I am a mixed media sculptor who combines atypical imagery into new hybrid sculptures to explore cultural contexts between generations of people.
I use vintage toy and ‘folk art’ aesthetics combined with rough construction as a way to talk about the passing down of cultural values from one generation to the next. At first, my sculpture may look foreign and strange but my craftsmanship and attention to detail capture and hold the interest of the viewer. I use this technique to entice the viewer to look deeper at the work allowing for reflection on greater issues in our society and question what we believe about ourselves.
I gravitated towards using found objects at an early age out of necessity.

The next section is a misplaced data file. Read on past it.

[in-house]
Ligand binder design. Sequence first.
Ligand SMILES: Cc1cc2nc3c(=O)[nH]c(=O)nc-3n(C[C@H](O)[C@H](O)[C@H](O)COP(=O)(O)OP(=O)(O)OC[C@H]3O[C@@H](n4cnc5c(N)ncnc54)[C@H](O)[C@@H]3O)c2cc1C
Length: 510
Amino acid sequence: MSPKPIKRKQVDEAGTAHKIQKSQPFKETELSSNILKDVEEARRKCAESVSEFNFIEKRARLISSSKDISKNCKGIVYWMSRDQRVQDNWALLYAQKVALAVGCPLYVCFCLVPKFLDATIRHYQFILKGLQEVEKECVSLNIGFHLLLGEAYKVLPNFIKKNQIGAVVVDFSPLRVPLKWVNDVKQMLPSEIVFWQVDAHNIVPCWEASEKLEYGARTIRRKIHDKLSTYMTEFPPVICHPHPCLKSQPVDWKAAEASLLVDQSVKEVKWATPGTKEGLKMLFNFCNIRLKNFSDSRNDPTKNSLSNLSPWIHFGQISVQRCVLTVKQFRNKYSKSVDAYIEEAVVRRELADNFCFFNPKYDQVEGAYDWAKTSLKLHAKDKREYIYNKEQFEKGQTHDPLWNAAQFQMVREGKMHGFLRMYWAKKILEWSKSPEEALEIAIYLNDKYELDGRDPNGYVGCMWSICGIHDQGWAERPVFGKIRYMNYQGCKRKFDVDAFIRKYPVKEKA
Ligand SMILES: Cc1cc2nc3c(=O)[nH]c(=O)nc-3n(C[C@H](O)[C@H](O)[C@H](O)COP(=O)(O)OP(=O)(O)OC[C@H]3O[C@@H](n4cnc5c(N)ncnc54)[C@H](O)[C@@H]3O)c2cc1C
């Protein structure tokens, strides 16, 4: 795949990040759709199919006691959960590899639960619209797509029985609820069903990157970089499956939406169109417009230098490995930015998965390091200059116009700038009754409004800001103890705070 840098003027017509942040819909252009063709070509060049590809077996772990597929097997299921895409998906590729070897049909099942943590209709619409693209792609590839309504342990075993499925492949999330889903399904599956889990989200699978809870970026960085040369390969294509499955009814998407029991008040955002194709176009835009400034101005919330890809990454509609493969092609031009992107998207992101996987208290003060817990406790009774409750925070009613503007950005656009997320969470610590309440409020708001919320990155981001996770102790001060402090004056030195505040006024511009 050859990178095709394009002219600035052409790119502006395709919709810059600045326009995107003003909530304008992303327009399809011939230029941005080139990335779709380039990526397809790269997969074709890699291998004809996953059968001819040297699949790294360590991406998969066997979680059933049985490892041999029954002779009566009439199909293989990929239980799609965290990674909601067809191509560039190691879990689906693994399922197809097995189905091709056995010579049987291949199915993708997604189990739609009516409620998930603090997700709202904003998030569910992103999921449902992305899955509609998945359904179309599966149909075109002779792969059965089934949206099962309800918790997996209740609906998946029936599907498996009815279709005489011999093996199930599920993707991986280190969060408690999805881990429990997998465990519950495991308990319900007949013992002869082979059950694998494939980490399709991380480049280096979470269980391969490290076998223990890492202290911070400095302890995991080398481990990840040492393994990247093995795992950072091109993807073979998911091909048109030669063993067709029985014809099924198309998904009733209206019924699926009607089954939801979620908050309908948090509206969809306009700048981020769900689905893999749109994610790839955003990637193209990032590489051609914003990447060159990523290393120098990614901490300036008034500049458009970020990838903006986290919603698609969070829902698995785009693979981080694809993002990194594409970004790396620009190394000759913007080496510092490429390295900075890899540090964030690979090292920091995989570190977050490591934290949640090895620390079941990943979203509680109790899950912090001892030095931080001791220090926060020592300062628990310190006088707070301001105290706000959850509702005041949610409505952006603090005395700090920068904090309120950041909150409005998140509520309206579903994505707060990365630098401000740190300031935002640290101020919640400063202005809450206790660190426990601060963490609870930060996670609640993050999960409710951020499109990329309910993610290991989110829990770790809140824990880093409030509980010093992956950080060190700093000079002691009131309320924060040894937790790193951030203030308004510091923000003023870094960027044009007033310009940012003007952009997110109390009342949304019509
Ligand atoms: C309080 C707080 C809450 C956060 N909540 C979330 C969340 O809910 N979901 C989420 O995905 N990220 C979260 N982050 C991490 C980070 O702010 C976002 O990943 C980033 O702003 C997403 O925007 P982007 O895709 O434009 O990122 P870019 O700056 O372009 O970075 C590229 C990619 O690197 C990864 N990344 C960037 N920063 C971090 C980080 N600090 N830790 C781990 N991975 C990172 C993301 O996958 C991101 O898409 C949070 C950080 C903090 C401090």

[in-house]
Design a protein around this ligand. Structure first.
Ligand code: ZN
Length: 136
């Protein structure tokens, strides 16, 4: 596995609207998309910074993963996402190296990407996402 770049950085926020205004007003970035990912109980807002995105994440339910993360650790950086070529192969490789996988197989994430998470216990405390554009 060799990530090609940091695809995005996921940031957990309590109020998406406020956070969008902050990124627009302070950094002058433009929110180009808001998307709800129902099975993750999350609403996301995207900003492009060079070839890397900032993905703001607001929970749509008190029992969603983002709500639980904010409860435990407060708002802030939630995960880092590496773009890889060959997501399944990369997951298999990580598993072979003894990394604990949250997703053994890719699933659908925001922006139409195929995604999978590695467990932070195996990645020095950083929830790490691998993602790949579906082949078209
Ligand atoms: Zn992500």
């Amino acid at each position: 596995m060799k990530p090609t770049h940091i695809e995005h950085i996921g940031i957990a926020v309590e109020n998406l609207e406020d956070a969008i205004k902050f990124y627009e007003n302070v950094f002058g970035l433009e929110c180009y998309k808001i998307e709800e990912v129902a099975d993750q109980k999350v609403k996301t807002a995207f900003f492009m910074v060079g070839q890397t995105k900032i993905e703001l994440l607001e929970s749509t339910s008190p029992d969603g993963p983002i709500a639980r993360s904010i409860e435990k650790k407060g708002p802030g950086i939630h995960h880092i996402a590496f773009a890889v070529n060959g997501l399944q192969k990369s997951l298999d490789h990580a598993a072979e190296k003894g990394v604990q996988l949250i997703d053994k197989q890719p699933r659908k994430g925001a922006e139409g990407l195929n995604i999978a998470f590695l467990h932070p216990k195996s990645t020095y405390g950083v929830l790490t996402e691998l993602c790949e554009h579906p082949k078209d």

I was a fairly poor kid who would rescue other kids’ discarded plastic model airplanes, cars and ships from the trash to rework them. Since I could seldom afford to purchase new models to make, I would prolong my enjoyment by making dioramas showing the wear and tear on the vehicles like bullet holes, ‘flak’ damage or damage from a crash-landing. This led me to study historical photos and I learned how to ‘fake’ elements of the models by making them out of found objects. This helped me to visualize everything more like an engineer and ‘see’ discarded objects in a new light. In realizing the potential of a found object separate from its original function is to realize the essence of what I call my ‘make do aesthetic’. “Making do” is something people all over the world employ using what they have and re-purposing material to fit their needs. My ancestors had this mindset of recycling and using everything to its fullest extent when they first moved to Minnesota in order to survive and prosper in the tough environment of the upper Midwest.
“Making do” is a quality I admire in all peoples.